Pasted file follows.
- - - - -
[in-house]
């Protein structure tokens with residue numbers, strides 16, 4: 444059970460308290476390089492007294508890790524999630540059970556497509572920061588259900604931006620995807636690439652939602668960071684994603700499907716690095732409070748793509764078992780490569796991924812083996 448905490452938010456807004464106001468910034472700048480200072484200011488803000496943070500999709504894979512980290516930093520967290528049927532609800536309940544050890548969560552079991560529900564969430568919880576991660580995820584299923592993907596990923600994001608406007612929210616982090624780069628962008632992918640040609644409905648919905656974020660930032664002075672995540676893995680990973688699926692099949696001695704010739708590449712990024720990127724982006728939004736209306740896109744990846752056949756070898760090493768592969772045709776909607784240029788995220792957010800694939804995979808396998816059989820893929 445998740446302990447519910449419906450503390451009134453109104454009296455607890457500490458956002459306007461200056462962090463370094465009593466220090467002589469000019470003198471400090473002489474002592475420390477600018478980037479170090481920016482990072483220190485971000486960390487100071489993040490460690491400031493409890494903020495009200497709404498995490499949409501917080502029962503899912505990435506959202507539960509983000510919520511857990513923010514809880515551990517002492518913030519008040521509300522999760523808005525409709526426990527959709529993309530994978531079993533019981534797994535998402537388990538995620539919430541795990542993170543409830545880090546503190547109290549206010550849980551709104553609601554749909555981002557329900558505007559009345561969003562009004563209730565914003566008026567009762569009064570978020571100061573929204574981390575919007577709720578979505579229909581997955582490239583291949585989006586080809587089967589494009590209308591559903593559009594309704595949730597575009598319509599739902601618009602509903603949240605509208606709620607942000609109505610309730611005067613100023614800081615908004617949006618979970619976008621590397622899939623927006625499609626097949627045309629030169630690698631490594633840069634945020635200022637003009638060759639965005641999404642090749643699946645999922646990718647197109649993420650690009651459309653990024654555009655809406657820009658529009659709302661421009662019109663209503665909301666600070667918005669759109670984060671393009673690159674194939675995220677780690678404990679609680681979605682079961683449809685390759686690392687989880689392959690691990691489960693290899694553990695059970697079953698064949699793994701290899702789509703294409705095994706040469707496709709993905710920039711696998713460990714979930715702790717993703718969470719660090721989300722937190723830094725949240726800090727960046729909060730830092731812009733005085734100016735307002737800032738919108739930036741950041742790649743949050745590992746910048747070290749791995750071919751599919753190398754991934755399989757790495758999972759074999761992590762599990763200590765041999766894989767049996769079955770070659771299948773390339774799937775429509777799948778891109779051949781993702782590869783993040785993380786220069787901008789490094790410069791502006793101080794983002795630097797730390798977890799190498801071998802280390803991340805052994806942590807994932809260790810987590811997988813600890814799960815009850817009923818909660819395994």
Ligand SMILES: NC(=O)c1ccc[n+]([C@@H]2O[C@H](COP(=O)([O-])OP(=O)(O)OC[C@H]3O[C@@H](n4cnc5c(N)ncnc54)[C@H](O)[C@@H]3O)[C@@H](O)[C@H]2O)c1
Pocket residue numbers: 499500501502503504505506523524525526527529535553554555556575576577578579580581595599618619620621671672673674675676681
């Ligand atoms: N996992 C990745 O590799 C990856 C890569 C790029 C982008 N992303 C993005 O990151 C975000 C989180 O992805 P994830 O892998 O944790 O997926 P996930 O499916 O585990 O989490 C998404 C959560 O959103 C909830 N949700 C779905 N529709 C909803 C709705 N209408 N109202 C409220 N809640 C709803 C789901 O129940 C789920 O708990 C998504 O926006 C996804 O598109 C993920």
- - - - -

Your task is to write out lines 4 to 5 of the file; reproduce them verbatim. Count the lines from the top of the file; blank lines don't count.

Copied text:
Pocket residue numbers: 499500501502503504505506523524525526527529535553554555556575576577578579580581595599618619620621671672673674675676681
């Ligand atoms: N996992 C990745 O590799 C990856 C890569 C790029 C982008 N992303 C993005 O990151 C975000 C989180 O992805 P994830 O892998 O944790 O997926 P996930 O499916 O585990 O989490 C998404 C959560 O959103 C909830 N949700 C779905 N529709 C909803 C709705 N209408 N109202 C409220 N809640 C709803 C789901 O129940 C789920 O708990 C998504 O926006 C996804 O598109 C993920």